We weighed anchor just outside of Ha Long Bay to eat a delicious lunch prepared on board.  What I love most about Vietnamese cooking is the freshness, the use of herbs and the flavours that they contain.  We all sat around eating and chatting, then when finished continued into Ha Long Bay to Sung Sot Cave, which was immense.  For a time we thought that parts of the ceiling had been concreted over, and we couldn’t understand why.  But we soon realised that it was actually part of the rock formations in there.  We saw a pile of money next to a small stalagmite, and realised that it was because it was in the shape of a tortoise, which is very revered in Vietnamese culture.

After the cave, we continued through the bay, and I was surprised that the scenery did not become boring.  After all, it all looks the same.  But I think it was what it made up as a whole that was the most impressive part.  In total there are 2000 islets, most of which you are not easily able to access, and I think all of which are uninhabitable.  The people living in the bay are born, live and die in floating villages.  Very rarely do the majority of the locals go on dry land.  The villages are floating huts connected by floating walkways, housing habitation and food stalls, for locals and tourists.  We stopped at a small floating boat rental office, and got into kayaks to have a paddle around a small part of the bay.  We didn’t realise until we ran aground that we had managed to paddle over somebody’s mussel farm.  We vigorously punted our way out and around the corner, and enjoyed some time exploring the caves and pootling around a couple of the smaller islets.  We no longer felt so bad when we noticed as heading back to the floating platform that six of our fellow tour members had also done the same at the mussel farm, and that the irate farm owner was now gesticulating at them.

Then we headed to what had to be the smallest beach in the world.  Our tour boat couldn’t pull all the way up to it, so the choices were to be boring and stay on the boat, or take the plunge, literally, into the water and swim to it.  Well, you only live once.  We weren’t as adventurous as the young Germans, who jumped from the top deck (show offs).  You could clearly see from their faces as they surfaced that the water was not that warm, but that didn’t stop us.  We jumped in, well, Mark jumped, I kind of plopped in, from the bottom deck.  The water seemed really calm but there was quite a strong current.  Ten of us were swimming to the beach then back out to the boat and snorkelling a little.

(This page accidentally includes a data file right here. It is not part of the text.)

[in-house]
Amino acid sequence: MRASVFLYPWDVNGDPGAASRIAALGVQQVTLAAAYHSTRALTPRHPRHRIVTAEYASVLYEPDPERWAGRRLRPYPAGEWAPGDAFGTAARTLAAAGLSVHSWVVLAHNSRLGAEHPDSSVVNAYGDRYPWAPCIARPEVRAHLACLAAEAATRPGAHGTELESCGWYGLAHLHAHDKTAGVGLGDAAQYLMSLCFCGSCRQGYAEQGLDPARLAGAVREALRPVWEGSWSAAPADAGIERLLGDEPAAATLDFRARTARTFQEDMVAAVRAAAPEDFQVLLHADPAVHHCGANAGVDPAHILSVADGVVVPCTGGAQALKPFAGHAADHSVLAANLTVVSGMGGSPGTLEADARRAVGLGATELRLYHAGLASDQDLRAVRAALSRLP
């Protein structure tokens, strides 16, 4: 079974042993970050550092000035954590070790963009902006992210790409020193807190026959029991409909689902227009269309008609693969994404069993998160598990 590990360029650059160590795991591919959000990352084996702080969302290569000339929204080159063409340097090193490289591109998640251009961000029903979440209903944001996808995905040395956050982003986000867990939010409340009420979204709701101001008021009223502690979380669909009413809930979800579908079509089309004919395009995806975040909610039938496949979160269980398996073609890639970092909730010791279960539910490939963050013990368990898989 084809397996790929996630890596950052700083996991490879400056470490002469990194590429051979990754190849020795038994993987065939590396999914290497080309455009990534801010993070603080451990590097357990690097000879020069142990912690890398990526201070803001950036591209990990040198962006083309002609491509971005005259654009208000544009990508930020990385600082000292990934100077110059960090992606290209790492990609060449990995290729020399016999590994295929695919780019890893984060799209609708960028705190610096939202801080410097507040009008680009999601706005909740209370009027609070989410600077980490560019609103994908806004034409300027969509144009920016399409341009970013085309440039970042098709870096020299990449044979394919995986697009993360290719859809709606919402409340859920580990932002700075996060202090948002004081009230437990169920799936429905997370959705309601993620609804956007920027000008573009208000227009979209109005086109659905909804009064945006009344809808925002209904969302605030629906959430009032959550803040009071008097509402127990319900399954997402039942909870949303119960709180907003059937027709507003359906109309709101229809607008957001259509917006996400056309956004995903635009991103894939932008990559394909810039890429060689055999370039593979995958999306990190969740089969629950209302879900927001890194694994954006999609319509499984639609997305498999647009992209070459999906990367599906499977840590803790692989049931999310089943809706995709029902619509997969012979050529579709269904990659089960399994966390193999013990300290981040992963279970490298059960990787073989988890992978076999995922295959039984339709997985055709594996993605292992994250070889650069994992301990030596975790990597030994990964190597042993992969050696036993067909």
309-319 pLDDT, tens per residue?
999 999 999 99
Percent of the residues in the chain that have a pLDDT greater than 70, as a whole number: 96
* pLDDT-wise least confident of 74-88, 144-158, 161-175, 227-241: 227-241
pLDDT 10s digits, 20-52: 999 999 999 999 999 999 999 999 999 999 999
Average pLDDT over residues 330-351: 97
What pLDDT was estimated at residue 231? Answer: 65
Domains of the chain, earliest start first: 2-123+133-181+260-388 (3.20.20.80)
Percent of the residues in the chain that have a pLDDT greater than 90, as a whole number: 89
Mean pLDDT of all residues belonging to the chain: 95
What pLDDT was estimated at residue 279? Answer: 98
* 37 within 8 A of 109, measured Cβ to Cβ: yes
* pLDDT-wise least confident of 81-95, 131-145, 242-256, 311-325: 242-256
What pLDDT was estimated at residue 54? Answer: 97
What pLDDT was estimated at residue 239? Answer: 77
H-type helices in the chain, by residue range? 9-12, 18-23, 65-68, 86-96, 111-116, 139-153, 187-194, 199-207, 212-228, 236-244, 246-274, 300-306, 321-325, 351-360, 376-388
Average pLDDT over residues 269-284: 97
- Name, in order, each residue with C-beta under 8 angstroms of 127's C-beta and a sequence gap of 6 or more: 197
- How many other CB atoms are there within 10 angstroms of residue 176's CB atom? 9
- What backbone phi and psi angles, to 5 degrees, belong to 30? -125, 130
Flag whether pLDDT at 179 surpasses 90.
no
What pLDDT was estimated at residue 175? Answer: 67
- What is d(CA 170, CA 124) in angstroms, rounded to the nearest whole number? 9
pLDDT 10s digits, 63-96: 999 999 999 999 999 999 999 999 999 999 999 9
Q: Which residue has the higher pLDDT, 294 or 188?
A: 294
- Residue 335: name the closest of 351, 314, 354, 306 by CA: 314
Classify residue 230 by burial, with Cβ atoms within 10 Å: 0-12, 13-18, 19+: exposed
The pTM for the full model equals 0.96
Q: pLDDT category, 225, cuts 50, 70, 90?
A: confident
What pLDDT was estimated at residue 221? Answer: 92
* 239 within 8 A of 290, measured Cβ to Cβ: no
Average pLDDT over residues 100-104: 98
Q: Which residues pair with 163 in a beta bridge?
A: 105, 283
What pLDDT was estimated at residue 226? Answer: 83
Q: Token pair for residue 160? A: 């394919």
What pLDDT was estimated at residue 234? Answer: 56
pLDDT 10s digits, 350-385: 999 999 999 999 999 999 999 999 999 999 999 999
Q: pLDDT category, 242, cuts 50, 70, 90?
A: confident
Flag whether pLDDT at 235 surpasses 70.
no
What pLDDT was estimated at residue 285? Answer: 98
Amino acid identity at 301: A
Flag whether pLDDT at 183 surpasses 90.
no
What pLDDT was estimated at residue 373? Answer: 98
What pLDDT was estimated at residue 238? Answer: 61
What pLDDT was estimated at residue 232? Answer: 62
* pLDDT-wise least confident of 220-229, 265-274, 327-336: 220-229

Suddenly one guy who was swimming towards the boat started saying “Save me, save me!”  “Hahahaha” we all said, and “What a funny joke” the English life guard who was swimming with Mark and I said.  Yes there was a current, but seriously, anyone could swim the ten metres from the beach to the boat.  Couldn’t they?  Apparently not.  He was serious.  Life guard boy promptly swam over (admittedly very quickly after realising our mistake) and did what he was trained to do.  Once the guy was back on board, and one of the older guys had laughed at him, a lot, he was quite embarrassed, and explained that he had only ever swam in a pool before.  I got a fit of the giggles and couldn’t sit near him for the rest of the trip back.

We were back on dry land in time for Mark and I to enjoy the sunset from our balcony, beers in hand.  Then we headed downstairs to have a bite to eat and a few drinks.  We were half way through watching a premiership football match in a bar, when they gave the clear signals that they were waiting for us to leave (mopping, stacking chairs, turning off the TV and lights).  When we left, we realised that when Cat Ba shuts down for the evening, it really shuts down.  Even the streetlights were turned off.  We had an early night in preparation for a long and exciting journey the next day, to a country that all of us will have experienced in food at the very least, but that we wanted to experience more of, China.